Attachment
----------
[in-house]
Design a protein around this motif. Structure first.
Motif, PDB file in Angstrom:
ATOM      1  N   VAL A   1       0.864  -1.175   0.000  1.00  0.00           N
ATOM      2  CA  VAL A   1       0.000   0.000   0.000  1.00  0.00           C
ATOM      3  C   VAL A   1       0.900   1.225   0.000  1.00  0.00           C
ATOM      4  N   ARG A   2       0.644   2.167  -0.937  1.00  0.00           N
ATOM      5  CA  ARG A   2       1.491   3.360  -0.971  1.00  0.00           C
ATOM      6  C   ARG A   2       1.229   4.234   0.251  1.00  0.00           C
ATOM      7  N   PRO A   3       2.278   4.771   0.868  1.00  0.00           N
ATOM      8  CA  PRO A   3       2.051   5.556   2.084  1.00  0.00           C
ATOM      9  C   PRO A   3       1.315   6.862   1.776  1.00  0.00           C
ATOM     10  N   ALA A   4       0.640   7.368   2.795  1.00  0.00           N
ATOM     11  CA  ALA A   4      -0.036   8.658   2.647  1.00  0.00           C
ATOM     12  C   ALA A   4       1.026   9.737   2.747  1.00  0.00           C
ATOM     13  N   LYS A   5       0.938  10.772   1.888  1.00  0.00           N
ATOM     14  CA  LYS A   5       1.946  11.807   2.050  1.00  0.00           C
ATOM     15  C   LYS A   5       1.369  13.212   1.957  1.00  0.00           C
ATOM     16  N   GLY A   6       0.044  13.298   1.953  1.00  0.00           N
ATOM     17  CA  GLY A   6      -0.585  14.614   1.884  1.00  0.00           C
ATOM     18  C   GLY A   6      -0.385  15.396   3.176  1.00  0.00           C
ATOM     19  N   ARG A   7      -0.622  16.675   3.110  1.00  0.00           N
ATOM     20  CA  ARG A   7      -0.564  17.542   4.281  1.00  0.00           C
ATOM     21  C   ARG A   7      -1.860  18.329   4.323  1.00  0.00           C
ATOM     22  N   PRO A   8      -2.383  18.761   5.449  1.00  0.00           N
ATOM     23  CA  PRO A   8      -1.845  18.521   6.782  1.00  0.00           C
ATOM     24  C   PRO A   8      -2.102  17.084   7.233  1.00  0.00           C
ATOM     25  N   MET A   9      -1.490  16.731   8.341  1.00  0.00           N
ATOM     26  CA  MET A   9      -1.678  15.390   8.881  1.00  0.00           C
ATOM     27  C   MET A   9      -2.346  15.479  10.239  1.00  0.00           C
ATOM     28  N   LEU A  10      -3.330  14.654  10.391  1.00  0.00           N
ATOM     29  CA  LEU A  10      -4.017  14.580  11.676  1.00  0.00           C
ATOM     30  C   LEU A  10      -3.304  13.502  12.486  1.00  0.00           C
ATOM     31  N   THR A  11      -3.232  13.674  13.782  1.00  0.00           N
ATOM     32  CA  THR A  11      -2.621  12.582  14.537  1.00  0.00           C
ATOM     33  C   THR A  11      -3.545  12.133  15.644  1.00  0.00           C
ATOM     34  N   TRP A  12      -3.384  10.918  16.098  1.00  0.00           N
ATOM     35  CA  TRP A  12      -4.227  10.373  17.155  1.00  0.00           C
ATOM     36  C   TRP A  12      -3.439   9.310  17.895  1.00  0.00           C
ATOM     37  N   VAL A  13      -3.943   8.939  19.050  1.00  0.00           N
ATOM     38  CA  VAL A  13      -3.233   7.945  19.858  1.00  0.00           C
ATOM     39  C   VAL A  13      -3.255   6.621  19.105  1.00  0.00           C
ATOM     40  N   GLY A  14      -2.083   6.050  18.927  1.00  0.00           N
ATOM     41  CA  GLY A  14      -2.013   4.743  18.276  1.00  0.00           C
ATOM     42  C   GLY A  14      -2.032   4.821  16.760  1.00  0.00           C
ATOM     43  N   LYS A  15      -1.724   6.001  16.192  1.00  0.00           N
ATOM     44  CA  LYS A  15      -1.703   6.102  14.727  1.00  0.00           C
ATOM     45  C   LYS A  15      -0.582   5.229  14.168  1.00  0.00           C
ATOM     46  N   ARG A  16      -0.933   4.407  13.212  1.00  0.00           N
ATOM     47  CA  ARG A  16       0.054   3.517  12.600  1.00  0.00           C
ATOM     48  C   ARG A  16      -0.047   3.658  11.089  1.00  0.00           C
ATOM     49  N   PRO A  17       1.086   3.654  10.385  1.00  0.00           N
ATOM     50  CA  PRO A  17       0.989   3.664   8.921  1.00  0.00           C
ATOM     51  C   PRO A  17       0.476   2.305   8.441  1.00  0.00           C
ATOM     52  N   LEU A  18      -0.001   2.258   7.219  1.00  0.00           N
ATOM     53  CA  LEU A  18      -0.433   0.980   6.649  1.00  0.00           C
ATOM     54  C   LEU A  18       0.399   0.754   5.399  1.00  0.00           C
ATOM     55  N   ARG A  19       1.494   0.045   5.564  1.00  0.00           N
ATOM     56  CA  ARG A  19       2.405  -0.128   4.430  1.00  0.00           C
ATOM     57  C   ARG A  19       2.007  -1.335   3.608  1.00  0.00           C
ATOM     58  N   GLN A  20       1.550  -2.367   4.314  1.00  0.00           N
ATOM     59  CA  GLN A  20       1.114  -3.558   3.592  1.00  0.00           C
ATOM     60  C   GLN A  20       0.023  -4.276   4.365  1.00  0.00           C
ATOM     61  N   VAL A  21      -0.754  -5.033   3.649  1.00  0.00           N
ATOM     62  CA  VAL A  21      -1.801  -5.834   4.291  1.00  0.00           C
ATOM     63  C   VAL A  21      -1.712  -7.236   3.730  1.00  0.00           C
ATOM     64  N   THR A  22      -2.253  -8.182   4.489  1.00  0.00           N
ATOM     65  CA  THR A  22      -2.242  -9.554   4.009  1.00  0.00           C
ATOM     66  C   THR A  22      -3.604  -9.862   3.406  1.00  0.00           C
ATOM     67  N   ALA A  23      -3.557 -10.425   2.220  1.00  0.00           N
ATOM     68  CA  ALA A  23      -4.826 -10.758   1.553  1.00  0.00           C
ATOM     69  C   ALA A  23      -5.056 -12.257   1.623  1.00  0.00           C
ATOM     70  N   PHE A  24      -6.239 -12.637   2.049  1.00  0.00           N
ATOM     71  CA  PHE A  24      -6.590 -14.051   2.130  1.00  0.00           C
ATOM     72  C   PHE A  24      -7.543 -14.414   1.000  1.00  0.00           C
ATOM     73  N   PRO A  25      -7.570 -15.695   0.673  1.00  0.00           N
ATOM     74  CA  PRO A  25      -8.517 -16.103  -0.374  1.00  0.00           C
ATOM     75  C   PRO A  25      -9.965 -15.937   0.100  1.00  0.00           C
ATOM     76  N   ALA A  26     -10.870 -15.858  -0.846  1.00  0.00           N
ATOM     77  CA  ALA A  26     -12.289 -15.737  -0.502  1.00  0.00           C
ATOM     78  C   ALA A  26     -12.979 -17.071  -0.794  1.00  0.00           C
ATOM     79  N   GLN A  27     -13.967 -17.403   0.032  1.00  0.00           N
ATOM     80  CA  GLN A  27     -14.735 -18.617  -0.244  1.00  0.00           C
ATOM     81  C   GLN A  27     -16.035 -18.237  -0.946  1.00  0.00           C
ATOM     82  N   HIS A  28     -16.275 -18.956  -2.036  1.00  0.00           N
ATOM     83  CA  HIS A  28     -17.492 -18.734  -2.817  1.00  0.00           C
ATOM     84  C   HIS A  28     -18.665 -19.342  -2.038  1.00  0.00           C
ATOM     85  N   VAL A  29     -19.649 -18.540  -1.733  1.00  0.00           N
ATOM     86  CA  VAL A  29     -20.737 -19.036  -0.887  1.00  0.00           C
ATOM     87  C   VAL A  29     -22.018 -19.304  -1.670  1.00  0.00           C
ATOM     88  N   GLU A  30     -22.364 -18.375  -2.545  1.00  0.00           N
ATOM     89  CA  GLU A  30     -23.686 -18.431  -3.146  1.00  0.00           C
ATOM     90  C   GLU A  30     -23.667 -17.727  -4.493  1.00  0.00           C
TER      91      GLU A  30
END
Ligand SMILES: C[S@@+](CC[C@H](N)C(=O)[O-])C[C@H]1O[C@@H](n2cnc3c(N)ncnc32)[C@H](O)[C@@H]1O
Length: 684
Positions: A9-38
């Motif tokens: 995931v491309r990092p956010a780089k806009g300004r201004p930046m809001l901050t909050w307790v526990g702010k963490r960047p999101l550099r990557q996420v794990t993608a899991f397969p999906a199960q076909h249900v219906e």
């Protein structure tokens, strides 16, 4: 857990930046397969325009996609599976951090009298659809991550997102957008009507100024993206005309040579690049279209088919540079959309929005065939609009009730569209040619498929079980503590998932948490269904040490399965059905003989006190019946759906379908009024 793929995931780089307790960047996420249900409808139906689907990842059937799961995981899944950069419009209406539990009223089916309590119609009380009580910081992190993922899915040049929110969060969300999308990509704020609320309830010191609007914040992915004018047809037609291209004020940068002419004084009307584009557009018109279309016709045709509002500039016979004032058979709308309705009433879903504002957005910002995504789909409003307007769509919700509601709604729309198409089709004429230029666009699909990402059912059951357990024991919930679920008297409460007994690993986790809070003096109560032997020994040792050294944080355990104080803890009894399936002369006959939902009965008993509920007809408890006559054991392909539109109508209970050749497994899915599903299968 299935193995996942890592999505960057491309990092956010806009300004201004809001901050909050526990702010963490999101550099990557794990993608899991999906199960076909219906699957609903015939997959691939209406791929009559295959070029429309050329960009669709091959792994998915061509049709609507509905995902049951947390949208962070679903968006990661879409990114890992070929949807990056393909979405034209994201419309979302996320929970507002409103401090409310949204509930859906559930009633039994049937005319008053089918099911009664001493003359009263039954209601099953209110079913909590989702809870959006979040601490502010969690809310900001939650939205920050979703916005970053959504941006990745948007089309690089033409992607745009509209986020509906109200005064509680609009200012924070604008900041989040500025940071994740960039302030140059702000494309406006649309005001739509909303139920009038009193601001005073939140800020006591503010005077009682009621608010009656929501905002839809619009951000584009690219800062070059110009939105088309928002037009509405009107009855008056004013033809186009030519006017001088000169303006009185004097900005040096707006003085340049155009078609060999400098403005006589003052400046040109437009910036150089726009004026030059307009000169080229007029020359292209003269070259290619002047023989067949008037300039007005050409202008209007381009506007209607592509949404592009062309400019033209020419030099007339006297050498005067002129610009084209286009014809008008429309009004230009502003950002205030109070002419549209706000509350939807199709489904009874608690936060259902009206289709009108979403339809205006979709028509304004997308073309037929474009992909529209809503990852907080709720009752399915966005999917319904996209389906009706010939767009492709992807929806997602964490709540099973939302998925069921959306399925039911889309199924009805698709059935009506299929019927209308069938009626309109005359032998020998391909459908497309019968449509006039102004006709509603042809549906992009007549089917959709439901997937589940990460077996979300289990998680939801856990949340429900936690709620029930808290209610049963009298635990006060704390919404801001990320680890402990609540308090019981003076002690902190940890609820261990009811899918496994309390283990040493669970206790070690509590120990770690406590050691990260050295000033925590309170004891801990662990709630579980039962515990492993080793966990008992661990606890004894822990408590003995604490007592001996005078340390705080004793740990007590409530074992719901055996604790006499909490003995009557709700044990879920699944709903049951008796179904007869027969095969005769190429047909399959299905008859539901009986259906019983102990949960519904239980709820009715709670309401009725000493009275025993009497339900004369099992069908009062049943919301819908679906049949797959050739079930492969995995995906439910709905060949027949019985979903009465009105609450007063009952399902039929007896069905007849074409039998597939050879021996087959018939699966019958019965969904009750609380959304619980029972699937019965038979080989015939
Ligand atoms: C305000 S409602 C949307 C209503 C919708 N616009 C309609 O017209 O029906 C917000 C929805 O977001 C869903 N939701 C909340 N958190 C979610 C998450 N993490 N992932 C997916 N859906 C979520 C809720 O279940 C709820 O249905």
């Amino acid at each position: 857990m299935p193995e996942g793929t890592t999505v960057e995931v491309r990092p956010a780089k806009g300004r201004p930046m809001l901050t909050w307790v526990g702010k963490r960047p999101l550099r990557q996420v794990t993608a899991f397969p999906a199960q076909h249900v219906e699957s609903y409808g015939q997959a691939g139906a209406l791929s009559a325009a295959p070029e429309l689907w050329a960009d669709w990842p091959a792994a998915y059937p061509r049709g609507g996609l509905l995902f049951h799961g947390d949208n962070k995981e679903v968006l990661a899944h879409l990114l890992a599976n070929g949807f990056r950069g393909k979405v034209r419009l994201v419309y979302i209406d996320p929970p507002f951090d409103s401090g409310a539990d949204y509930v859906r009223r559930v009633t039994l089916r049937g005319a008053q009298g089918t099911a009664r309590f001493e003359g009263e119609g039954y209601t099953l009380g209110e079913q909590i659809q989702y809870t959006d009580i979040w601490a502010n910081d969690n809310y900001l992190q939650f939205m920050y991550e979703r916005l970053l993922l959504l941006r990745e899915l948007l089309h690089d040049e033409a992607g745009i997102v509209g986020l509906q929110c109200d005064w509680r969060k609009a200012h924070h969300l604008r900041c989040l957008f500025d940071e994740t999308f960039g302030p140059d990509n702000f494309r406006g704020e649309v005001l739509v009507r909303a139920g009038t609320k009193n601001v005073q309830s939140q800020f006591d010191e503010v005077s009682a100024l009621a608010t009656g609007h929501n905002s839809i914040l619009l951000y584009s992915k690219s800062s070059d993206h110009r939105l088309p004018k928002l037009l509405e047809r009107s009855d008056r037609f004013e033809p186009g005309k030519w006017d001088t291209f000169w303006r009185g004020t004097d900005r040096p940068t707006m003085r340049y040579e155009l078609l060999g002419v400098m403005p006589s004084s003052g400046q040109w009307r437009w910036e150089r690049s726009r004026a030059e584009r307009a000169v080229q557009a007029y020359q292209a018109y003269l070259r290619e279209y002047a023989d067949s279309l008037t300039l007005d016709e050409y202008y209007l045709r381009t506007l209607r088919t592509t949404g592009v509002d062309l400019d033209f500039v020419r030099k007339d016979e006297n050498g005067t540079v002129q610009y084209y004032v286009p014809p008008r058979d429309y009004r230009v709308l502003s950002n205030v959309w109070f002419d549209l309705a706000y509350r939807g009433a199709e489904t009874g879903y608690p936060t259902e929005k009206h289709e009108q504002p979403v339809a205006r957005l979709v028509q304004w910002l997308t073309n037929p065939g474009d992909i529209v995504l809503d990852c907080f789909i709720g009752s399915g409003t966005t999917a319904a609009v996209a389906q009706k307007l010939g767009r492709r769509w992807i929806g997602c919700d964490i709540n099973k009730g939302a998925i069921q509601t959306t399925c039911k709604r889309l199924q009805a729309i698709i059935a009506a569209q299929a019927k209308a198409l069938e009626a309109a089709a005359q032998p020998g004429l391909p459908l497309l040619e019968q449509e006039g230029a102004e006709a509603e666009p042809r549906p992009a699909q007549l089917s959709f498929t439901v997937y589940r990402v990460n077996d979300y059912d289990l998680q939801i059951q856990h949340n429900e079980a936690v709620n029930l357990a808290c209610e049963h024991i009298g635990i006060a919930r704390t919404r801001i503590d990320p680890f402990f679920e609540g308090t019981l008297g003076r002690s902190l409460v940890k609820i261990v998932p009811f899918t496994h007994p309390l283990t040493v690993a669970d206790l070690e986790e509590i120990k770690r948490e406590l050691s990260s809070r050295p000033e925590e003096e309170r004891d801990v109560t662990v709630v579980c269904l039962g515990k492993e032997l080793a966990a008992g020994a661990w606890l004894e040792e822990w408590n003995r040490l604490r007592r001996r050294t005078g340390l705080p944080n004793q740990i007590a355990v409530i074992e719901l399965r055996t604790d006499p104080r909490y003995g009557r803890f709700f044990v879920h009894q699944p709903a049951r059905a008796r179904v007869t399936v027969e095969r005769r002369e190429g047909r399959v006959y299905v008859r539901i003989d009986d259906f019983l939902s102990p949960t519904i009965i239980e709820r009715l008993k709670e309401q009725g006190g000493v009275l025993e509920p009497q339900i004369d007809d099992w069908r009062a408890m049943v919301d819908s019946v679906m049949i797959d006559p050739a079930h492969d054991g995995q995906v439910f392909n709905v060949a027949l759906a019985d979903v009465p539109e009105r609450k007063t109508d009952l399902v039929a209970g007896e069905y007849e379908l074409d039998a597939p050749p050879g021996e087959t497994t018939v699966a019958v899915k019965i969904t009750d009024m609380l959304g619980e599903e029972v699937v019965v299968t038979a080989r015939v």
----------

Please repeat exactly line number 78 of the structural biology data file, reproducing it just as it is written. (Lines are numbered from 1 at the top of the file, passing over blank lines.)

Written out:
ATOM     75  C   PRO A  25      -9.965 -15.937   0.100  1.00  0.00           C